On Tuesday, global stocks rallied as investors chose to focus on the 'good news' coming out of Greece and ignore the very bad news coming out of Spain. (See: Stocks Rise Even as Spain Starts to Follow the Greek Script)
Wednesday was a completely different story: Stocks tumbled as Spanish bond yields rose and the price of credit default swaps on Spanish debt hit record levels. Meanwhile, Italy's auction of 5- and 10-year securities was met with weak demand.
In recent trading, the Dow was down 158 points, or 1.2%, while major bourses in Europe fell between 1.8% and 2.2%.
The declines come amid renewed chatter about the possibility of a TARP-style program to recapitalize European banks. U.S. Treasury Undersecretary for international affairs Lael Brainard is reportedly lobbying EU officials to use its roughly $878 billion bailout fund for this purpose and EU Commission President Jose Manuel Barroso made similarly themed comments, Reuters reports:
Tighter euro zone integration could include a joint bank deposit guarantee scheme to prevent a bank run and euro area financial supervision, saying the mood had changed since member states unanimously rejected a joint deposit guarantee fund only months ago.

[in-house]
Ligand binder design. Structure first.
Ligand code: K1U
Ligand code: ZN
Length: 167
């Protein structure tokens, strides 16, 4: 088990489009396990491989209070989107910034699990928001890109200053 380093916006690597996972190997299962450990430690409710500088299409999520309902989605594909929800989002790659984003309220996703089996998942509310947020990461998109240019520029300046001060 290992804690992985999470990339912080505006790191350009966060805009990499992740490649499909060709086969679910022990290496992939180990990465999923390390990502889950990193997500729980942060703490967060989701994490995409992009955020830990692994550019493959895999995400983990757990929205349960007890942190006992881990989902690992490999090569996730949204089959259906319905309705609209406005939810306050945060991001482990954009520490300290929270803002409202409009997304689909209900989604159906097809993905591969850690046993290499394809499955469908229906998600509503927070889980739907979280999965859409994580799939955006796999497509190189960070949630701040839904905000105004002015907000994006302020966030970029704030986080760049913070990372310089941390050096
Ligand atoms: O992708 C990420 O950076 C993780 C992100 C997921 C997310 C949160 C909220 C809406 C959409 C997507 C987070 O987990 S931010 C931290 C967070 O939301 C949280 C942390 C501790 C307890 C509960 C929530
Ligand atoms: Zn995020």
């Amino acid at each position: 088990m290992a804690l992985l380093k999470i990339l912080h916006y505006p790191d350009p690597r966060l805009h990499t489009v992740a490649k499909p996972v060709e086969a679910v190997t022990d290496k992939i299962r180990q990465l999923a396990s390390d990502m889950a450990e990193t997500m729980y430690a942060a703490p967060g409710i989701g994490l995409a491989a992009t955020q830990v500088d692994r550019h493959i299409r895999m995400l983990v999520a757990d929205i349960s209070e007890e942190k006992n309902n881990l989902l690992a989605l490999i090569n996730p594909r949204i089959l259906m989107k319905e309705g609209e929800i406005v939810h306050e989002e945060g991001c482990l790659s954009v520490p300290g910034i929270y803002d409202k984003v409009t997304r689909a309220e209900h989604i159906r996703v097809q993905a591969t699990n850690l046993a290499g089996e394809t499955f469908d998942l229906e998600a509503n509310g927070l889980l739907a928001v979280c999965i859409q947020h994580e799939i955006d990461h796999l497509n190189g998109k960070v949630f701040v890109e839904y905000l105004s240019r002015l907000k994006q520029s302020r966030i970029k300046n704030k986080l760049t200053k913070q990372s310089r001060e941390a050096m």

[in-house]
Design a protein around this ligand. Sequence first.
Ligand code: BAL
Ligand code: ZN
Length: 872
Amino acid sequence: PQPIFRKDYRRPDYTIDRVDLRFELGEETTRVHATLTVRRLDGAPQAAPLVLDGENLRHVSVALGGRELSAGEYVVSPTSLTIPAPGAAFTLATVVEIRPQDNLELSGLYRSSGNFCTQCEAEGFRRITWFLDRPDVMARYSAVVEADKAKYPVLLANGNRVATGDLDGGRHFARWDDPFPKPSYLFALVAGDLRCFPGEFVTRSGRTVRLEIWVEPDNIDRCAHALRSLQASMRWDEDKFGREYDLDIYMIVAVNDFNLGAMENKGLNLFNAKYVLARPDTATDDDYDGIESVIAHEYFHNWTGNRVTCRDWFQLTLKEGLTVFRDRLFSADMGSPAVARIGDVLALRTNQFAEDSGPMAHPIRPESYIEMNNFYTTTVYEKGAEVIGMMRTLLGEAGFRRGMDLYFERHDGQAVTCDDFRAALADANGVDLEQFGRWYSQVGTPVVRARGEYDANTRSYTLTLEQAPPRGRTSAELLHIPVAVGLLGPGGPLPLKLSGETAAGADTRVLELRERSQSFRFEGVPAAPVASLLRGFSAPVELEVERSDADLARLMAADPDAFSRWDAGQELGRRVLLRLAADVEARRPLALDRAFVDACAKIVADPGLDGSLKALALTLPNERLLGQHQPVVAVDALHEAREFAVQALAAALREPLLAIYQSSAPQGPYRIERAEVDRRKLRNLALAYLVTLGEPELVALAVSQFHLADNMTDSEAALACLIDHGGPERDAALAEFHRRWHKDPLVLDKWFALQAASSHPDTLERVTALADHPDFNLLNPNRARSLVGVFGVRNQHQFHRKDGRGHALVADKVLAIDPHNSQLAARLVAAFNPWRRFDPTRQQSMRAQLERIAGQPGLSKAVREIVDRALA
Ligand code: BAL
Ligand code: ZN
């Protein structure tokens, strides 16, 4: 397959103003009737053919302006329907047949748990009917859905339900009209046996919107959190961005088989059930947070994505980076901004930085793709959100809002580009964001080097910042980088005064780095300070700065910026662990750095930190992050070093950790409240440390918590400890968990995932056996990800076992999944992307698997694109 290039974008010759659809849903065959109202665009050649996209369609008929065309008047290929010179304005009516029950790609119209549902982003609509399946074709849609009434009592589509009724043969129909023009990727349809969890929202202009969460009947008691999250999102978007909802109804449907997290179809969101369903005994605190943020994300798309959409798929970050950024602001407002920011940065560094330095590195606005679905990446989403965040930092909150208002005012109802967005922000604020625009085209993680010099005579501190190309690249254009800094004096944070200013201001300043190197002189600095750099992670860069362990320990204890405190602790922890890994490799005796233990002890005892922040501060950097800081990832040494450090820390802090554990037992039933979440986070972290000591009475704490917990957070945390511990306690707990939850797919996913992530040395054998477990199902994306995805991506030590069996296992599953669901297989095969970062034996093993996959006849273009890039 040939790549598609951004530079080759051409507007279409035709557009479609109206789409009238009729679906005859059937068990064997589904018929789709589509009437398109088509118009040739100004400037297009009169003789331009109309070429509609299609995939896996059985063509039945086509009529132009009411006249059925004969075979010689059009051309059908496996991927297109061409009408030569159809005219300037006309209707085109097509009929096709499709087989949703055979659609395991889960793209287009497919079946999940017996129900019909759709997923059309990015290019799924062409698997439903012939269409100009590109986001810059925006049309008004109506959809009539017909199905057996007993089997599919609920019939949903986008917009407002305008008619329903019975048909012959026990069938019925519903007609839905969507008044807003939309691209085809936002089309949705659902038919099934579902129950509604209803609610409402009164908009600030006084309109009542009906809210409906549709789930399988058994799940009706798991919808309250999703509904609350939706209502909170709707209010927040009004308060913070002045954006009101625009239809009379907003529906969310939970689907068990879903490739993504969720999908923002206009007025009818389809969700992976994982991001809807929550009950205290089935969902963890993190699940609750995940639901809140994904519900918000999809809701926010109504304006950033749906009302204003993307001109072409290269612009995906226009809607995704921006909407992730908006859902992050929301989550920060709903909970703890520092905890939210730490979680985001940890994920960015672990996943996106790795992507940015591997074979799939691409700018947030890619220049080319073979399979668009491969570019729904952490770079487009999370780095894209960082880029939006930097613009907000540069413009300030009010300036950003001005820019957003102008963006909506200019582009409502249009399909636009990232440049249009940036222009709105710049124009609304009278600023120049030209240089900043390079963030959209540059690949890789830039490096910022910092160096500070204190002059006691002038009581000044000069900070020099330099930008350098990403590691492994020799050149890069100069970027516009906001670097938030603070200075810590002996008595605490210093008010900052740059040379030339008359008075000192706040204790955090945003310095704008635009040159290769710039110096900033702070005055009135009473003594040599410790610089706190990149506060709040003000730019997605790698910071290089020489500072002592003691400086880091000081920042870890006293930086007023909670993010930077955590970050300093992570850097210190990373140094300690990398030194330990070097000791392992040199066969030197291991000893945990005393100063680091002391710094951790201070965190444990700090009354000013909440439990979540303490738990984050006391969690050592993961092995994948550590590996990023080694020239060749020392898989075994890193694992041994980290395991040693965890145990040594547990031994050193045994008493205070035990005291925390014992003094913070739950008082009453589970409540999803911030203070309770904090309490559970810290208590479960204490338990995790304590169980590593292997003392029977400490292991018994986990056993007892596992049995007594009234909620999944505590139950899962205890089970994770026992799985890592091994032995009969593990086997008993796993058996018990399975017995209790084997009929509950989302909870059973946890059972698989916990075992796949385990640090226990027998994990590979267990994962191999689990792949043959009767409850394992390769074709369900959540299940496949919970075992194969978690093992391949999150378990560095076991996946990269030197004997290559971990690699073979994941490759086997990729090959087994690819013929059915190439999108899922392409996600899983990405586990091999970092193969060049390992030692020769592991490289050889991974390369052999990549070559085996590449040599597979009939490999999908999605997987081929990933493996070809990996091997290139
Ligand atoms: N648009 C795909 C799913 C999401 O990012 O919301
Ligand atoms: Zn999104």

"In the same vein, to sever the link between banks and the sovereigns, direct recapitalization by the ESM (European Stability Mechanism) might be envisaged," the report said.
While controversial, the TARP program and, later, the stress tests, did help put a floor under the U.S. banking system in 2008-early 2009. Rob Cox, Americas Editor for Reuters Breakingviews, says the Europeans should follow a similar path, if only the EU's laws would allow it.
"The idea you can put together 17 countries in the Eurozone and all throw their banks into some sort of TARP-like mechanism? It ain't going to happen," Cox says.
As with the euro itself, the idea of a euro-TARP runs into the problem of the lack if fiscal unity in the eurozone. Because of laws preventing the direct bailout of banks, EU policymakers have, to date, resorted to indirect bailouts via funds for sovereign nations, which are then directed to local banks.
"All the things you're seeing are backdoor rather than front door mechanism" because the Europeans are "nowhere near true fiscal unity," Cox says.
To date, Europe's woes have resulted in strength in the dollar and lower borrowing costs for the U.S. government. But that is a double-edged sword, according to Cox.
" With 1.8% 10-year money we can continue to borrow ad infinitum it seems without having to deal with our own problems, which are, of course, quite severe," he says. "It gives us a little too much oxygen to do all sorts of bad things." (See: U.S. Can Avoid "Shooting Ourselves in the Face": Laura Tyson's Rx for the Fiscal Cliff)